The power management integrated circuit (PMIC) MAX14720 from Maxim Integrated helps designers to optimize power and battery life for wearable medical/fitness and Internet of Things (IoT) applications. The chip is ideal for non-rechargeable battery (coin cell, dual alkaline) applications where size and energy efficiency are critical.
By integrating the functionality of five discrete devices (power switch, linear regulator, buck regulator, buck-boost regulator, and monitor), the MAX14720 reduces the bill of materials (BOM) and form factors of designs.
“In 2020, 190 million wearable electronic devices for fitness and health will be sold, generating US$ 14.4 billion in revenue,” according to Gartner. Angela McIntyre, Research Director and Michele Reitz, Principal Research Analyst at Gartner said, “System design for wearables will remain fairly straightforward, employing basic microcontroller unit (MCU)-based processing, BT and Wi-Fi communications, and accelerometer and gyro sensor chips, with display drivers, optoelectronics, USB charging interfaces, small NOR memory and power regulator chips playing major roles in many wearable designs.”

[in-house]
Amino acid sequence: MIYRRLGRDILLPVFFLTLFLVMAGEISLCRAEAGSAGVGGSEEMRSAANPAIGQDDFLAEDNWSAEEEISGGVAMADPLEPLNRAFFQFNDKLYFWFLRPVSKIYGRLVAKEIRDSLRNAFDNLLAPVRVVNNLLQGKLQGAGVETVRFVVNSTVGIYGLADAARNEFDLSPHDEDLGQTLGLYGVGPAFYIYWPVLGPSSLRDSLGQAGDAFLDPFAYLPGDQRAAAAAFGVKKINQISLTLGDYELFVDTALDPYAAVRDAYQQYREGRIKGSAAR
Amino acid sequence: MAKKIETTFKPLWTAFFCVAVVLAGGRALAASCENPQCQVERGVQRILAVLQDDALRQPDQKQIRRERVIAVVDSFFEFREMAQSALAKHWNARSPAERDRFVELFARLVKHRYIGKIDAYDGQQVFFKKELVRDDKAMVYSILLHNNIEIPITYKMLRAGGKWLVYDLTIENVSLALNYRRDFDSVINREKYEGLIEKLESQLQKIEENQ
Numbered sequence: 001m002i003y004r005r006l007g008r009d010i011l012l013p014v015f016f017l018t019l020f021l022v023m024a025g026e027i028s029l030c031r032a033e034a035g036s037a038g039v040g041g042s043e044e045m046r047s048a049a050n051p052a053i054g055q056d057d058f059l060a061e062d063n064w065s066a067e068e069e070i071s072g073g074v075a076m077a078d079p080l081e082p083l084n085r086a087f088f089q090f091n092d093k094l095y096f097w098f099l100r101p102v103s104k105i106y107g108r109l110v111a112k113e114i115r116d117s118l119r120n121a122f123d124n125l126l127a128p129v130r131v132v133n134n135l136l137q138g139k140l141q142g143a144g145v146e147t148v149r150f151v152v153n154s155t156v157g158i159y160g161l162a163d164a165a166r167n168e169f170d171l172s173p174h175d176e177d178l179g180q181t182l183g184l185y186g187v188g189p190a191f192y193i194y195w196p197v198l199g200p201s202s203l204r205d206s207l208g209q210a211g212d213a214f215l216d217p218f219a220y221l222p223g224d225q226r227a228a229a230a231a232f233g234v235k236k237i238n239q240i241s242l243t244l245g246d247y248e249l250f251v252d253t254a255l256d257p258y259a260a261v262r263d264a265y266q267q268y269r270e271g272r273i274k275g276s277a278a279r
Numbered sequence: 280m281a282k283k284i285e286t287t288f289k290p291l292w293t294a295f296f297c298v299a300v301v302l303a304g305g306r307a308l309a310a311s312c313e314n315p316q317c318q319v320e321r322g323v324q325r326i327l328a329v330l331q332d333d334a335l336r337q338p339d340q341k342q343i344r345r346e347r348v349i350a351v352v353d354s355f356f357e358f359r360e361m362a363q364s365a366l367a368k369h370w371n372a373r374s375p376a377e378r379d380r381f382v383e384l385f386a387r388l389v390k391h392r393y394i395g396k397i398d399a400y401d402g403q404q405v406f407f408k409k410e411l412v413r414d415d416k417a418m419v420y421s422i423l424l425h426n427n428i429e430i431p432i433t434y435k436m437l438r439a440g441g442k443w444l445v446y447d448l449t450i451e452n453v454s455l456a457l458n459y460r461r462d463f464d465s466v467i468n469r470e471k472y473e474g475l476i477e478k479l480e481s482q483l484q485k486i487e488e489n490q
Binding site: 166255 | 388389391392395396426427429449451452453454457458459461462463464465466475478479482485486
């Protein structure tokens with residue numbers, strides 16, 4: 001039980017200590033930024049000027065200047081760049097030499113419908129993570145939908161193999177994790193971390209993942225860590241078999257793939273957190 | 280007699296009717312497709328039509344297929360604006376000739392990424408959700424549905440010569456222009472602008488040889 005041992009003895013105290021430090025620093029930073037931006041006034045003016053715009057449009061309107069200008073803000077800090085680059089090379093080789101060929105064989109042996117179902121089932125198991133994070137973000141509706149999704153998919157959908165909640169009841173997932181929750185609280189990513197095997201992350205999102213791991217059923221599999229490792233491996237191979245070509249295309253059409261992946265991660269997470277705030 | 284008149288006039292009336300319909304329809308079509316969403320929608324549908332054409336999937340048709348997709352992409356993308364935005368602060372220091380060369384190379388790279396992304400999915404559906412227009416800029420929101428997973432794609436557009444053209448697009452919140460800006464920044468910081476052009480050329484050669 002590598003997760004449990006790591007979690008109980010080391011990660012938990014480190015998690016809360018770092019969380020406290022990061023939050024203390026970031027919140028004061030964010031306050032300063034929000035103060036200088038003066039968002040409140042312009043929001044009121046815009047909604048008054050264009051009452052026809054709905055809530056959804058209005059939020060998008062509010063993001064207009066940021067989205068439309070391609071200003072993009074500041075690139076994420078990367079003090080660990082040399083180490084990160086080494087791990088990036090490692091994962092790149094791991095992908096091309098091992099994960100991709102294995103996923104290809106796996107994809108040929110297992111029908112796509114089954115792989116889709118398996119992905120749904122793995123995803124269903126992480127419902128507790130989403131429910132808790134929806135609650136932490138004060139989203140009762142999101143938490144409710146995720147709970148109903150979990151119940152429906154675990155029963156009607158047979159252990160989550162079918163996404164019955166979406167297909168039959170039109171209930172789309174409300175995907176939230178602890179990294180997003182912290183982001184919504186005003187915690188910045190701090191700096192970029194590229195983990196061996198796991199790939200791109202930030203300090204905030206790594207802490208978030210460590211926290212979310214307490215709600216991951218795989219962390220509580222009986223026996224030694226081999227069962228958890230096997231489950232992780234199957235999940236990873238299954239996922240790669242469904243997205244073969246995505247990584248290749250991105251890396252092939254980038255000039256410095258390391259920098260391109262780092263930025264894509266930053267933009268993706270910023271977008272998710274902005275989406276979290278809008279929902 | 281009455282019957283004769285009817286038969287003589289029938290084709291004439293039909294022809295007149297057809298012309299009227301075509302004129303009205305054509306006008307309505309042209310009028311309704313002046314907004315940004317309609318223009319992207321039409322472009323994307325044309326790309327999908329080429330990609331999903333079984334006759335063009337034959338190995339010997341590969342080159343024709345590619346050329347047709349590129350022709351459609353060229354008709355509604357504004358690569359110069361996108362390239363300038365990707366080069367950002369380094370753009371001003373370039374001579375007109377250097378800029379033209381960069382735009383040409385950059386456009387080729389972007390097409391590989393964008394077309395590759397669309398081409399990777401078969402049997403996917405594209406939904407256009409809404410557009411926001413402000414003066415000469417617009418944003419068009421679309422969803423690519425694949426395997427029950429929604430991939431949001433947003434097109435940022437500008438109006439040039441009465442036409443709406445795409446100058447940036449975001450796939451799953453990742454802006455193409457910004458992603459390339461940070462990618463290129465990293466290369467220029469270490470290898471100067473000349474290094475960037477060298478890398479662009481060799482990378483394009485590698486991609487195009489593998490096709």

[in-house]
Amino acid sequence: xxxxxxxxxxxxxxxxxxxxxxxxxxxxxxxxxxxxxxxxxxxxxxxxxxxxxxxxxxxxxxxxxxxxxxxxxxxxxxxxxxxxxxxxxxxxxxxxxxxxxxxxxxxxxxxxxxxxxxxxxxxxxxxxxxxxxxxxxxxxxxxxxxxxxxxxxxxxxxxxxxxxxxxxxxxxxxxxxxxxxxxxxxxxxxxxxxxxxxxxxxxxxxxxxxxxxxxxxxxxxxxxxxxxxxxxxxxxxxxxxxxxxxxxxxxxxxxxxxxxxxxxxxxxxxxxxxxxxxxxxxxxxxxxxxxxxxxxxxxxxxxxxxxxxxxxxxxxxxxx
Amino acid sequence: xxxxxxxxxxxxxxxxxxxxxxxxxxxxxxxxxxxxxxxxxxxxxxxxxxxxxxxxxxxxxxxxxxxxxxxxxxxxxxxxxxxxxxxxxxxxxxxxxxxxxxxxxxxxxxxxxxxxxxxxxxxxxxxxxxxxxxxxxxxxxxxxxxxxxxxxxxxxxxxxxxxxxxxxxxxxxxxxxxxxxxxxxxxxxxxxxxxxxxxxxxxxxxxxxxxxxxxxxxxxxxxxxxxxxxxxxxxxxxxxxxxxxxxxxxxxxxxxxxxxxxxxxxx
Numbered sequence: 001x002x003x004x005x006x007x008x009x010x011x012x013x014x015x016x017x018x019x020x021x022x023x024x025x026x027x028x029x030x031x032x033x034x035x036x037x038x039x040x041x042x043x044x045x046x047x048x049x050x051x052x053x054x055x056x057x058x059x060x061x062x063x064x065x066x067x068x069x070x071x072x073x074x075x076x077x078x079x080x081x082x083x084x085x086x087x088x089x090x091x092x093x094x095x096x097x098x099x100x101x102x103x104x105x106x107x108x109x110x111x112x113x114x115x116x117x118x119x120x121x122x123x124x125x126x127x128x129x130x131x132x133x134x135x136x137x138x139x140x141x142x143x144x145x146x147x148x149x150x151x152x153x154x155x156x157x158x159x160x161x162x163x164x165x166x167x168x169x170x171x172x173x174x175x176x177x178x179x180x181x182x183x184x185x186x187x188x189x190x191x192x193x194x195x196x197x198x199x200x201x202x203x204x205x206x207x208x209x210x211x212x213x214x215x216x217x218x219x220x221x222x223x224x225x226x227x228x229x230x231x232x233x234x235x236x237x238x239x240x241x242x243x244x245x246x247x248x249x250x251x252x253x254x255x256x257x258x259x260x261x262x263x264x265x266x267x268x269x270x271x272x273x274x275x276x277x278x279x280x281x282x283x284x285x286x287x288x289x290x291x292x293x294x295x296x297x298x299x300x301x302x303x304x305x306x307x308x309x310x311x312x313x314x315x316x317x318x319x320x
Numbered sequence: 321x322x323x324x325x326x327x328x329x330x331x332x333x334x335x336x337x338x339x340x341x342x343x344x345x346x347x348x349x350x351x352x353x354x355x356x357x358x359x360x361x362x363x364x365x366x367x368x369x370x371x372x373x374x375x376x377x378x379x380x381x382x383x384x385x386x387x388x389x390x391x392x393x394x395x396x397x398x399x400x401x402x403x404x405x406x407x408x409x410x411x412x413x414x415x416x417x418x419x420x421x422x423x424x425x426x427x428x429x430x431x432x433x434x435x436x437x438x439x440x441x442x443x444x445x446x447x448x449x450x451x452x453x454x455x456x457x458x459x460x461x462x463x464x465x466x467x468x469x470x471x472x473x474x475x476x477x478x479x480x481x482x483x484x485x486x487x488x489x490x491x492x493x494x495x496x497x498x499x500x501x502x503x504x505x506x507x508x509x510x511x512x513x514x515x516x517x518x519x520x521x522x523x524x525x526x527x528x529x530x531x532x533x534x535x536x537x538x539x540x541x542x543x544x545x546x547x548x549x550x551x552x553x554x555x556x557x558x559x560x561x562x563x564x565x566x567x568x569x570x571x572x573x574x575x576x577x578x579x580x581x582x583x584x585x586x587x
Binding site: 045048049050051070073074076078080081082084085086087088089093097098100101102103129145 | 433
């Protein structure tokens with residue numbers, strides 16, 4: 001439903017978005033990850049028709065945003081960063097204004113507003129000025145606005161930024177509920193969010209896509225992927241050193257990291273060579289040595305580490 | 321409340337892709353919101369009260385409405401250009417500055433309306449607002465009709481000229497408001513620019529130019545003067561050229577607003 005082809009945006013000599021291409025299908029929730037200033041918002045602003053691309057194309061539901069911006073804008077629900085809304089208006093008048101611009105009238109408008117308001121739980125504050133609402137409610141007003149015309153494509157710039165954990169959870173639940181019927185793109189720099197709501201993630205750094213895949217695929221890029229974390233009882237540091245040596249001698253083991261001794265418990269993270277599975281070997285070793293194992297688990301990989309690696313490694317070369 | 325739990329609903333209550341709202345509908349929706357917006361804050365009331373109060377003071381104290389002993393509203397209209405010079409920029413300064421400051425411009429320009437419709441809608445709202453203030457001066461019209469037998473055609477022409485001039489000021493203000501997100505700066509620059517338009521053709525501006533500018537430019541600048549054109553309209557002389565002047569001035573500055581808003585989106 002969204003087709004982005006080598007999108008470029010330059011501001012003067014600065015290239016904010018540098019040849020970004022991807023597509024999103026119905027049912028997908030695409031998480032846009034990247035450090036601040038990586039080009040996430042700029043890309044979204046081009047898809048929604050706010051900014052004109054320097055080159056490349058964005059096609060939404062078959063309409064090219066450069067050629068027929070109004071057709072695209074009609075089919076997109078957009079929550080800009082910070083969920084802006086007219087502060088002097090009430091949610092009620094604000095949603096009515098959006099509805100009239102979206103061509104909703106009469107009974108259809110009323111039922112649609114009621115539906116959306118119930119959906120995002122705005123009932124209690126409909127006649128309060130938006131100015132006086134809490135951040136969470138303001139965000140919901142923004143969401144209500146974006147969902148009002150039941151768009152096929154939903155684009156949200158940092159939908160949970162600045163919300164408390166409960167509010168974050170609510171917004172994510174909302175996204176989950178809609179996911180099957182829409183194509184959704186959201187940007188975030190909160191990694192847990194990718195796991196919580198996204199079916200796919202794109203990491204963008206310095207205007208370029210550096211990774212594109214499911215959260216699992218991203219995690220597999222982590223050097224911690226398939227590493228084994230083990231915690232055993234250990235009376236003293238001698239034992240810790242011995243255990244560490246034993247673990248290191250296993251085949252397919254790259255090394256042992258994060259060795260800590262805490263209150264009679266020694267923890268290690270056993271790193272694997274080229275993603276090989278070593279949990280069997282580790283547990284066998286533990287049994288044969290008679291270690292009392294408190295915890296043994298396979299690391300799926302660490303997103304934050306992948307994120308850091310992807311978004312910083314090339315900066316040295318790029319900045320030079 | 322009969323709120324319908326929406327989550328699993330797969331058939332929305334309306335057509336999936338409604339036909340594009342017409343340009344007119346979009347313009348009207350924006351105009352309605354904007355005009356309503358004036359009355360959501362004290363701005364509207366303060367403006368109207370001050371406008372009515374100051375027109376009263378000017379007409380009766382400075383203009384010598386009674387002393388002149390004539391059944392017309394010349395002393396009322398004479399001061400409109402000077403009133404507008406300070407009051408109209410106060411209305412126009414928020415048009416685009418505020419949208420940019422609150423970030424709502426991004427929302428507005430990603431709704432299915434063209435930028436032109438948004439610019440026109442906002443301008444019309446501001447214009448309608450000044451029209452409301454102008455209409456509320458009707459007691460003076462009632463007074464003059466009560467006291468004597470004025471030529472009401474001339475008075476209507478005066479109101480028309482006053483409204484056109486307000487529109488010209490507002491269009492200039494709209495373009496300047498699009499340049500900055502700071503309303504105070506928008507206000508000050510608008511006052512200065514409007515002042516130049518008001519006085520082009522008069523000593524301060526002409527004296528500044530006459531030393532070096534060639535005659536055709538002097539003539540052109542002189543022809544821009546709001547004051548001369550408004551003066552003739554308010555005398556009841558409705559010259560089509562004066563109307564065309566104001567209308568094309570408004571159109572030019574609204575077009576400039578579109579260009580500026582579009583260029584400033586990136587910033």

While most battery PMICs operate from 3V, the MAX14720 runs from a primary cell and operates down to 1.8V, thereby saving power. The low quiescent current of the device is critical for wearable applications because it can extend the runtime of the system significantly.
Further, the device achieves longer product shelf life by using an electronic battery seal which also allows for a fully sealed housing. Value added features such as push button input monitoring, power-up sequencing, and voltage rail monitoring further reduce BOM cost and space, and help in flexible operation.
Specified over the -40 degree celsius to +85 degree celsius temperature range, the device is available in a 25-bump, 0.4mm pitch, 2.26mm x 2.14mm wafer-level package (WLP).